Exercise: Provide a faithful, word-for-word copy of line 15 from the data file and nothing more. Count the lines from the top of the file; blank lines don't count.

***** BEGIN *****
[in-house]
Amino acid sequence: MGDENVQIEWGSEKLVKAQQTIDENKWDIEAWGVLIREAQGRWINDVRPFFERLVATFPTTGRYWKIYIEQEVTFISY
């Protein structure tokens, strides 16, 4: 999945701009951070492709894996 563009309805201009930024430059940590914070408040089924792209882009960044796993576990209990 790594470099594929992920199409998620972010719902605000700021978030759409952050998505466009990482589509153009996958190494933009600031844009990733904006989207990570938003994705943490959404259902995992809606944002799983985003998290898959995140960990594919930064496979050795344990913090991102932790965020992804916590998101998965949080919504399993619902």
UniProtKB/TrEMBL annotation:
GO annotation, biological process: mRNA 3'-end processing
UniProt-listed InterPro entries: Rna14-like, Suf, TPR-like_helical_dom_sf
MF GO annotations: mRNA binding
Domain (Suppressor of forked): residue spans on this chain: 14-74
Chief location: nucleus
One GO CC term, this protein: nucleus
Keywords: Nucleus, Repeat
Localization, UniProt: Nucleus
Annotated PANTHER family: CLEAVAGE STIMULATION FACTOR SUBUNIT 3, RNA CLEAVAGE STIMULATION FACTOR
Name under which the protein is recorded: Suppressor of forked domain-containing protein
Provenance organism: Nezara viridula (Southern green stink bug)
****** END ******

Provenance organism: Nezara viridula (Southern green stink bug)